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Exercise Prescription & Programming

COVID 19 Program response
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Hi Bob,
Duke has done much the same as Henry Ford. Tele rehab was started recently for cardiac rehab, and patients have been enrolled. Others not enrolled are being contacted regularly to encourage physical activity and provide education. Pulmonary rehab has continued in-person for pre- and post-lung transplant patients.
There's been much discussion between NCCRA members regarding tele rehab too. Programs are investigating this more. Hopefully we'll see continued growth.
Hi Bob. I am part of a group in Colorado that has their own discussion forum that was established with Colorado Department of Public Health and Environment. Essentially what you have stated is what is going on around here. If programs already had some version of tele/virtual rehab, they try to utilize it as best they can, if they have an inpatient program, they are at least delivering some rehab in the hospitals and outside of that are making weekly calls.

My hope is that this pandemic will help move forward the expansion of more virtual resources moving forward and those programs that have this kind of offering in place are considering tracking outcome data on those who started this program during this time to help the cause.

Y'all stay safe out there!
Hi all, I'm wondering how others are coping with the COVID 19 crisis in their cardiac/pulmonary rehabilitation programs, or other exercise based programming you may be involved in.

At Henry Ford Hospital in Detroit, an executive order by the governor of Michigan on March 23rd effectively closed all outpatient exercise programs for the duration of the crisis. Henry Ford has had a telehealth CR program for a few years and we were able to transition some of our patients to that program and those folks are still receiving CR. We contracted with two third party payors to reimburse us for that service.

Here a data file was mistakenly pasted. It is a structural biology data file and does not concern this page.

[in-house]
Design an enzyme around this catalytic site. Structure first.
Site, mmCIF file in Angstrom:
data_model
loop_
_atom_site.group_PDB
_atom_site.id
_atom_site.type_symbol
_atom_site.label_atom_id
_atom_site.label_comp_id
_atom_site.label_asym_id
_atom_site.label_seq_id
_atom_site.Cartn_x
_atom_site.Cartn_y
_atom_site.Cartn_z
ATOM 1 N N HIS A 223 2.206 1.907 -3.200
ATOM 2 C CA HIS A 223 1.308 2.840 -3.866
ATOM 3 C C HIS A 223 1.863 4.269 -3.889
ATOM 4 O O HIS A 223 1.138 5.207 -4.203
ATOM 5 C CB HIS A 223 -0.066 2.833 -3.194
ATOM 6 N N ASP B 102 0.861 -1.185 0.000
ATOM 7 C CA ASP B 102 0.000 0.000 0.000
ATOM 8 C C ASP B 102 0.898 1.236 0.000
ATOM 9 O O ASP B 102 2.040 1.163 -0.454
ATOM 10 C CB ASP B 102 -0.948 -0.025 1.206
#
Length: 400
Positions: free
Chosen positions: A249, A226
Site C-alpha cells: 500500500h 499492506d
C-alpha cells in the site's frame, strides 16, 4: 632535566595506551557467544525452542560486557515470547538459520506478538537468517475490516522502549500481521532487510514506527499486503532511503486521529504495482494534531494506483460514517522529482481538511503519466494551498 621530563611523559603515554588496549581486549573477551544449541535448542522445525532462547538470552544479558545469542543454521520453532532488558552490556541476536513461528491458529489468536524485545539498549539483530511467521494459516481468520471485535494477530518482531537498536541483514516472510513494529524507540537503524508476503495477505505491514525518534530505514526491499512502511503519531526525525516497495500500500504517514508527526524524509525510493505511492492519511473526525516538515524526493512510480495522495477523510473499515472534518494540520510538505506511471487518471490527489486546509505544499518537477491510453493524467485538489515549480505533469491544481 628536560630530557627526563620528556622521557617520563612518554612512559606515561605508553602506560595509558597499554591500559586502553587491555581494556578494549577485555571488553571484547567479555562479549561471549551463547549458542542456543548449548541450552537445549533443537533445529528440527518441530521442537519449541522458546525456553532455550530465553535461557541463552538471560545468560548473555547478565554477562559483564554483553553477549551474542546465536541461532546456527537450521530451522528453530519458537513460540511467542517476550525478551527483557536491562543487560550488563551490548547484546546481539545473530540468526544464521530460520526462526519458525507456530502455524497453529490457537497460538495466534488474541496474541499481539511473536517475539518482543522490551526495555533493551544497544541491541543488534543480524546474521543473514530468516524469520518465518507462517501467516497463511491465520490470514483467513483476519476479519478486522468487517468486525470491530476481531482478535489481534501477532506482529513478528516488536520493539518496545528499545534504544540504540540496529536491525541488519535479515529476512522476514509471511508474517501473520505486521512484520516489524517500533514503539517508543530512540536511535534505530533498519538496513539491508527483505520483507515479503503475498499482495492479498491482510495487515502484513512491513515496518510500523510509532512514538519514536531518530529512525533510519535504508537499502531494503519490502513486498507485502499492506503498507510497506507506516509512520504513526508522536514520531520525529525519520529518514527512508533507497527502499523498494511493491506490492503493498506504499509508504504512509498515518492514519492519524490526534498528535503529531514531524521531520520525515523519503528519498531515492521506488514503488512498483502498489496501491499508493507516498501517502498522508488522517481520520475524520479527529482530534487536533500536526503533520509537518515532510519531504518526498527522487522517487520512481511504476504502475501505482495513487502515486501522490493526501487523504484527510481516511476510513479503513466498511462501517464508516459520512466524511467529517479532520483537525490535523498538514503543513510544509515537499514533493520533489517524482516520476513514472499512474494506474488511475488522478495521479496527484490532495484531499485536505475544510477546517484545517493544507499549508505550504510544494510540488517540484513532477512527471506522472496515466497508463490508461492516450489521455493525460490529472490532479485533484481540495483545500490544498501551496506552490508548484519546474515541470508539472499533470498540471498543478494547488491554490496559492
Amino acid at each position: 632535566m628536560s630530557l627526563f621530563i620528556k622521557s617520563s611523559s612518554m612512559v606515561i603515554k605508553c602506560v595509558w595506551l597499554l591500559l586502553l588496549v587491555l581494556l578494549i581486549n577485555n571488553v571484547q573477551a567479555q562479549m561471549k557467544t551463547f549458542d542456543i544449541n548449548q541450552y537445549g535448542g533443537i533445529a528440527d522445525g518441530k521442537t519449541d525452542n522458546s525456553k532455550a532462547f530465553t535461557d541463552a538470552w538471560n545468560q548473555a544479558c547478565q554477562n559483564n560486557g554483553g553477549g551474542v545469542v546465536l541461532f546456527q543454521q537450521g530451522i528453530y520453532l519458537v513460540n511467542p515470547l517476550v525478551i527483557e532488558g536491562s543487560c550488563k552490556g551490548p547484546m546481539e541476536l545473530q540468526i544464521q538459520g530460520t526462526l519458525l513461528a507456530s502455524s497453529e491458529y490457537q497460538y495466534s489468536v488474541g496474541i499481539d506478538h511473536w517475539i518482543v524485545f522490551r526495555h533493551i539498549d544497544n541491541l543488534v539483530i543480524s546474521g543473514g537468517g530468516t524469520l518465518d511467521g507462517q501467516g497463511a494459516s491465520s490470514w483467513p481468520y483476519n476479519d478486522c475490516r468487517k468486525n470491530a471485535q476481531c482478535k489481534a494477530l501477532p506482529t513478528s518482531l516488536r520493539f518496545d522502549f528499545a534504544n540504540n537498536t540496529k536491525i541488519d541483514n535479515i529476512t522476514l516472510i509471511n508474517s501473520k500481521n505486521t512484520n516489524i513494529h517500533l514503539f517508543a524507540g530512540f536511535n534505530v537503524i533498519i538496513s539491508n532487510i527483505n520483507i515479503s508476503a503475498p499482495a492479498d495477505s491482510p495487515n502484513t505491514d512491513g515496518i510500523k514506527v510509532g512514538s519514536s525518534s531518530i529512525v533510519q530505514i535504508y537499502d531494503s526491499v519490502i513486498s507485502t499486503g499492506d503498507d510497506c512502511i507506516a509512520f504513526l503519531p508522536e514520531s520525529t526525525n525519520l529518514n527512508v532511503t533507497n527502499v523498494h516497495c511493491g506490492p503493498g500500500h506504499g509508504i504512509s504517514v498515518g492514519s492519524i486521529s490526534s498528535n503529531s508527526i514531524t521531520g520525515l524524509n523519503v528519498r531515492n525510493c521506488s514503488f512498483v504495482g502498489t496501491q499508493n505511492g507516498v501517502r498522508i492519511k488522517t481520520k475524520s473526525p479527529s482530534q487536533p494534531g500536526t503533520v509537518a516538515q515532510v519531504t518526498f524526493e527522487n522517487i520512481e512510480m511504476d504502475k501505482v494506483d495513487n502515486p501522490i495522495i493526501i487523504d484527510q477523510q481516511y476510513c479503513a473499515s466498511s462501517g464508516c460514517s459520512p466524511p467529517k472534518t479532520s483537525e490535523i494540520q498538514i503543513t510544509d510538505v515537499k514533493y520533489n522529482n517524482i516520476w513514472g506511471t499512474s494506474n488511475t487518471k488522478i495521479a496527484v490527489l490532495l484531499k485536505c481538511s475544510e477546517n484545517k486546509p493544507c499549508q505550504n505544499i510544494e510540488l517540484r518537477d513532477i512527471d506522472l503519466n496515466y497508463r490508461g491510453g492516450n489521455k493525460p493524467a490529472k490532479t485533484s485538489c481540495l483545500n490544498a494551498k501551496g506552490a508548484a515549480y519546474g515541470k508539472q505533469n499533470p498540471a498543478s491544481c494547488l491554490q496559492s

Other patients in the CR program have been placed on indefinite hold until the COVID 19 restrictions are lifted. This has been noted in their chart and we are no longer completing 30 day reviews of the ITPs per the recent communication from AACVPR on this issue. There is no need to burden physicians with unnecessary paperwork at this time. While the CR program is suspended we are still contacting each patient at least once a week to encourage them to continue to be as physically active as possible during this time. Some metrics regarding type, duration and frequency of exercise is collected and entered into a template in the EMR along with any disease management education that is provided. Entering this into the EMR helps ensure the clinicians are accountable for these contacts, but also helps demonstrate to administration that the staff is being productive during this time even if these contacts are not reimbursable.

Recognizing that this current crisis may continue for several more weeks, and that people unfortunately continue to experience events that make them eligible for CR, we have started a telehealth based home exercise program for those patients who should be starting in CR during this time. The patients receive a virtual orientation either via the telehealth system or just a phone call (pt choice). The clinician does a virtual assessment and gives the patient a home exercise program based on their medical history, comorbidities, and previous level of physical activity. These patients are contacted twice a week initially using a similar process as outlined above, with a greater emphasis on education. All of our education is available online ( and patients are encouraged to watch these videos and discuss with staff during their phone sessions.

We're not trying to replace CR with these programs, just avoid potential deconditioning during this crisis and meet the needs of patients who have had recent cardiac events.

I'd love to hear what strategies other programs are using during this period of enforced social distancing.
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